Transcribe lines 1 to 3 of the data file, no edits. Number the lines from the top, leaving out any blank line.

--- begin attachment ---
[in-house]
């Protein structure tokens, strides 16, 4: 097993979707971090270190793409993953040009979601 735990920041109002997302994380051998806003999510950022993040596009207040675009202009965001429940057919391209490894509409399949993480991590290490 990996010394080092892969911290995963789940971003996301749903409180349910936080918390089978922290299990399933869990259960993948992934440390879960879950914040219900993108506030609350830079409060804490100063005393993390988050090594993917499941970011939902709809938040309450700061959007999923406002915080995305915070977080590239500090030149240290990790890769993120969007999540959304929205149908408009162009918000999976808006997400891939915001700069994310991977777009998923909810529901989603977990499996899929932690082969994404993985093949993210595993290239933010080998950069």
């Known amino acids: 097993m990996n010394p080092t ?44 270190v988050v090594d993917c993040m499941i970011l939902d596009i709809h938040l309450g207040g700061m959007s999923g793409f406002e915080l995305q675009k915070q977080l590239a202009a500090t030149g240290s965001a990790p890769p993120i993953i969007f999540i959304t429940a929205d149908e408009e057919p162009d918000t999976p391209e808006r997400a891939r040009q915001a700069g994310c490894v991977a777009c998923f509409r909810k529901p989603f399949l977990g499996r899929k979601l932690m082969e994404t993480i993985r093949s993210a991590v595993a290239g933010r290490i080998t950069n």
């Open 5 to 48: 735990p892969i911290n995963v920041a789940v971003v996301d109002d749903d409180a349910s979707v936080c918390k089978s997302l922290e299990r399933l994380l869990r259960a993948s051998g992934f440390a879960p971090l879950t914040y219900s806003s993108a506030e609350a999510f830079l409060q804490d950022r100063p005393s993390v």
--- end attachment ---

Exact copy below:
[in-house]
């Protein structure tokens, strides 16, 4: 097993979707971090270190793409993953040009979601 735990920041109002997302994380051998806003999510950022993040596009207040675009202009965001429940057919391209490894509409399949993480991590290490 990996010394080092892969911290995963789940971003996301749903409180349910936080918390089978922290299990399933869990259960993948992934440390879960879950914040219900993108506030609350830079409060804490100063005393993390988050090594993917499941970011939902709809938040309450700061959007999923406002915080995305915070977080590239500090030149240290990790890769993120969007999540959304929205149908408009162009918000999976808006997400891939915001700069994310991977777009998923909810529901989603977990499996899929932690082969994404993985093949993210595993290239933010080998950069």
């Known amino acids: 097993m990996n010394p080092t ?44 270190v988050v090594d993917c993040m499941i970011l939902d596009i709809h938040l309450g207040g700061m959007s999923g793409f406002e915080l995305q675009k915070q977080l590239a202009a500090t030149g240290s965001a990790p890769p993120i993953i969007f999540i959304t429940a929205d149908e408009e057919p162009d918000t999976p391209e808006r997400a891939r040009q915001a700069g994310c490894v991977a777009c998923f509409r909810k529901p989603f399949l977990g499996r899929k979601l932690m082969e994404t993480i993985r093949s993210a991590v595993a290239g933010r290490i080998t950069n």